Buku The Case for the Corporate Death Penalty: Restoring Law and Order on Wall Street by Ramirez Mary Kreiner & Ramirez Steven A

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The Case for the Corporate Death Penalty: Restoring Law and Order on Wall Street by Ramirez Mary Kreiner & Ramirez Steven A

Author:Ramirez, Mary Kreiner & Ramirez, Steven A. [Ramirez, Mary Kreiner]

Language: eng

Format: azw3

Tags: LAW000000 Law / General

Publisher: NYU Press

Published: 2017-01-30T16:00:00+00:00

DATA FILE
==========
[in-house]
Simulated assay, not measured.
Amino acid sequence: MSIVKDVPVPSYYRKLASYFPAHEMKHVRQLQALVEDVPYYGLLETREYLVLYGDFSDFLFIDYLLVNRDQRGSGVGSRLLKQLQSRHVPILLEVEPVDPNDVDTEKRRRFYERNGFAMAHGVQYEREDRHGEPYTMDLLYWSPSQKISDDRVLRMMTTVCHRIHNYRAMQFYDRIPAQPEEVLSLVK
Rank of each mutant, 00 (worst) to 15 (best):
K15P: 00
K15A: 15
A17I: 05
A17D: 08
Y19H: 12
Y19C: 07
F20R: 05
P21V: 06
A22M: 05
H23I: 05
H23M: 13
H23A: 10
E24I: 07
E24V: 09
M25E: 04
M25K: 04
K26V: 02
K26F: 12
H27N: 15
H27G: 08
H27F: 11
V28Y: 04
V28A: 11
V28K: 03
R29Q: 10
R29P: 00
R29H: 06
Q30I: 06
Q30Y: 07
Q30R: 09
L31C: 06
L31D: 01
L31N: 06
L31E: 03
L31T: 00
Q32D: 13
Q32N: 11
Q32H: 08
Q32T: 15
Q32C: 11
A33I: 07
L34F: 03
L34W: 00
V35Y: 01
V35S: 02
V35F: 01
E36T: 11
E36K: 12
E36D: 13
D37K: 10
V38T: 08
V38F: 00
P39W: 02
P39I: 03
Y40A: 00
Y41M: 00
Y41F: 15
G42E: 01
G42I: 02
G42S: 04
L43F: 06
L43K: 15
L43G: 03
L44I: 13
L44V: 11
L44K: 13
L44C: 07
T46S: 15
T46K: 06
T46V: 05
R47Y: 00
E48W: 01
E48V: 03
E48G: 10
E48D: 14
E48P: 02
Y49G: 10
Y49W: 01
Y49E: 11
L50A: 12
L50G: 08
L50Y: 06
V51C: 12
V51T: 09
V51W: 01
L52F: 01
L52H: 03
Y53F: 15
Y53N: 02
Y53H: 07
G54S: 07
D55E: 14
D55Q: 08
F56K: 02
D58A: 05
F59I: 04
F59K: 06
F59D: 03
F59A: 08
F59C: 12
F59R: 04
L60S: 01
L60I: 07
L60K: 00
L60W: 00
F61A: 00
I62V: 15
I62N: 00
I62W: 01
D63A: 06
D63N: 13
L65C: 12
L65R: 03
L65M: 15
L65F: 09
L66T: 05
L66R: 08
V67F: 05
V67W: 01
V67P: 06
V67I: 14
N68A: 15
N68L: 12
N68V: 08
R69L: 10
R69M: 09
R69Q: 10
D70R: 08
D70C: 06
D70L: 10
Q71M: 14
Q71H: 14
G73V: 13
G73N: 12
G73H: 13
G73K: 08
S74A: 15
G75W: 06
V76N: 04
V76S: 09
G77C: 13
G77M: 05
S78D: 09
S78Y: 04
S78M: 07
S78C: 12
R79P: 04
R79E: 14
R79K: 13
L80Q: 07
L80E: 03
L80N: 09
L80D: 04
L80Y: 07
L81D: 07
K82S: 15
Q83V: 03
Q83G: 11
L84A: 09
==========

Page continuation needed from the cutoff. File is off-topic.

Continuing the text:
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The Case for the Corporate Death Penalty: Restoring Law and Order on Wall Street by Ramirez Mary Kreiner & Ramirez Steven A

The Government’s Response

The failure of Lehman bears a strong resemblance to that of Enron. Like Enron, Lehman attracted more capital for a longer time than would have been the case had the firm truthfully disclosed all material facts. Yet, the government’s response to the failure of Lehman could not stand in greater contrast to the response to Enron. Put simply, grounds for a criminal investigation were handed to the government on a silver platter, and yet the government refused to charge even a single person with fraud from the failure of Lehman.